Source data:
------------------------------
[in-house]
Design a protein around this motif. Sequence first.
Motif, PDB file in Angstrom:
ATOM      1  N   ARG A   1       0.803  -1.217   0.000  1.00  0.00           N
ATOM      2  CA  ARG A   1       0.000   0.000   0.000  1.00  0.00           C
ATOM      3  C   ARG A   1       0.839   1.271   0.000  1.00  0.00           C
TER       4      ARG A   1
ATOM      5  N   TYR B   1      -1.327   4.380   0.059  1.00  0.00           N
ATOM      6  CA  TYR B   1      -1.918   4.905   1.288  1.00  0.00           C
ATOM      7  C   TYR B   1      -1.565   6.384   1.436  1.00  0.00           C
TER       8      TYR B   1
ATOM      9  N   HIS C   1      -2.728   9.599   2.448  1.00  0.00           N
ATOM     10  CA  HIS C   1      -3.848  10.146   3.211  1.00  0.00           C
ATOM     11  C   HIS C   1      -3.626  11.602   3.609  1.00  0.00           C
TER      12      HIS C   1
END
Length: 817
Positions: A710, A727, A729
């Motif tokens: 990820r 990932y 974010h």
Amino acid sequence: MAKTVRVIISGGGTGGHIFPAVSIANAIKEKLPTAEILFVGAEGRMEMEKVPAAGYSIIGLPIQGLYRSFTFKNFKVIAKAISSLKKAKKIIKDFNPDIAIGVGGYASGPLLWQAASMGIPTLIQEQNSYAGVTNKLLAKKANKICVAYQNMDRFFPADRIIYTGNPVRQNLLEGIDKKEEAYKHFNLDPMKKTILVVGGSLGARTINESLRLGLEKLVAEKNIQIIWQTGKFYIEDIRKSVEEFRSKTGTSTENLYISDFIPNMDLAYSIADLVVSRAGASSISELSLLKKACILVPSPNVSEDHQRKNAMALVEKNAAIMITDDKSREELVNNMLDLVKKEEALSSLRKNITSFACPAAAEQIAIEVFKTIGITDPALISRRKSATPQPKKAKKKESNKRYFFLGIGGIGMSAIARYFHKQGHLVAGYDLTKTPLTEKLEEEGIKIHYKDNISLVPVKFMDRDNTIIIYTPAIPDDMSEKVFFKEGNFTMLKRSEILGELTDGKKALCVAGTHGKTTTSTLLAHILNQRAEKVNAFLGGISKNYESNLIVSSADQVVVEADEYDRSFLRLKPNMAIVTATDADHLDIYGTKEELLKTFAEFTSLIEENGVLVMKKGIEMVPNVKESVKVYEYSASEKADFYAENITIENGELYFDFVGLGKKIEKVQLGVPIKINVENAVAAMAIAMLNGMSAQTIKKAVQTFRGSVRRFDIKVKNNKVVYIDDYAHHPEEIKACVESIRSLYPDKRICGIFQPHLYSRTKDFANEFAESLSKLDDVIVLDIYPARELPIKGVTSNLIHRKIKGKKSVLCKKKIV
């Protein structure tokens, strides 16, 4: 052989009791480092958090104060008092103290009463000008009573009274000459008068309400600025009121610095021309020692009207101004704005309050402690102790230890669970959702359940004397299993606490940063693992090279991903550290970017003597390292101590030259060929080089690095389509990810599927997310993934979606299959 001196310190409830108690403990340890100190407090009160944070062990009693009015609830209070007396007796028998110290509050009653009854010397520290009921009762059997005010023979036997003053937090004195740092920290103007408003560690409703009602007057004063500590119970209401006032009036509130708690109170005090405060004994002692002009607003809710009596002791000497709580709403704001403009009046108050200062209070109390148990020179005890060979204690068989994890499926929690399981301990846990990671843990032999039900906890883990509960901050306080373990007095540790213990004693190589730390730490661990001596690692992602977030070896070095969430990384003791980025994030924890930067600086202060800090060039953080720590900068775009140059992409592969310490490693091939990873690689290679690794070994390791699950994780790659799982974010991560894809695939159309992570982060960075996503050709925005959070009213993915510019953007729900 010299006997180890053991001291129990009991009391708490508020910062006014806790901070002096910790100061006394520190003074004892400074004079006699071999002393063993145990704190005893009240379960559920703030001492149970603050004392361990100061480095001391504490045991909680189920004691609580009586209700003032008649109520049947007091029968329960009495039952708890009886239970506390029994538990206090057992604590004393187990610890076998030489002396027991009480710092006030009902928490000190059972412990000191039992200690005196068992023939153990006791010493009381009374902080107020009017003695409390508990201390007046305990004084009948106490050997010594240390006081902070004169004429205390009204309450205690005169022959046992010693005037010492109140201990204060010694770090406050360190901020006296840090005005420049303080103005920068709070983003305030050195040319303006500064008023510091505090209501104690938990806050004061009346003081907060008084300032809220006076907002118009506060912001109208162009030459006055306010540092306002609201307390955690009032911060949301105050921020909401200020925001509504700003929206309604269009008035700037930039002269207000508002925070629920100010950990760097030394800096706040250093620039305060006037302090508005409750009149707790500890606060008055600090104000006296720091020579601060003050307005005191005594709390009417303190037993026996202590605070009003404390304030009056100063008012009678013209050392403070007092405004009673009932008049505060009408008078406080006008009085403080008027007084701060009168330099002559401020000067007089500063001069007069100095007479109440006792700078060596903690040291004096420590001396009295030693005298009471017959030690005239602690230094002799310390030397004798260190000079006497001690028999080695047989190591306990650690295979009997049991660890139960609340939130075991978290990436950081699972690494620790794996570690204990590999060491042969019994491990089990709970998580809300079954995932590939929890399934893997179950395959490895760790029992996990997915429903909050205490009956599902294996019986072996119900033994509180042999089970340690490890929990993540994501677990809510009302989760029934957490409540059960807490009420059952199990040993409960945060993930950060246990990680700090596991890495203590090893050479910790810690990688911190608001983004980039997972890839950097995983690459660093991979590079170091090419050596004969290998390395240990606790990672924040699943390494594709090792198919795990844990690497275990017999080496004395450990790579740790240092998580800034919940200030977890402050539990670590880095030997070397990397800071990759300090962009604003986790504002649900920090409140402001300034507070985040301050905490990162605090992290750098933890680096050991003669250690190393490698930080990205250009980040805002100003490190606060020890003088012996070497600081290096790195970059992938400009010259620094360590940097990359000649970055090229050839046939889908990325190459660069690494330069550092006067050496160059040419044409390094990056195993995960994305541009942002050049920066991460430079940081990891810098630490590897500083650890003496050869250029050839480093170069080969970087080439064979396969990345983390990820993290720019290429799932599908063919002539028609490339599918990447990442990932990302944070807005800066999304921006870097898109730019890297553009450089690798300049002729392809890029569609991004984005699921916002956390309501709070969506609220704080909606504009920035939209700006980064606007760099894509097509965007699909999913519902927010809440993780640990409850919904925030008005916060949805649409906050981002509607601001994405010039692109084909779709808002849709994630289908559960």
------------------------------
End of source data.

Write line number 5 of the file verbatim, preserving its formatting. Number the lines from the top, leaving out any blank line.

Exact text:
ATOM      2  CA  ARG A   1       0.000   0.000   0.000  1.00  0.00           C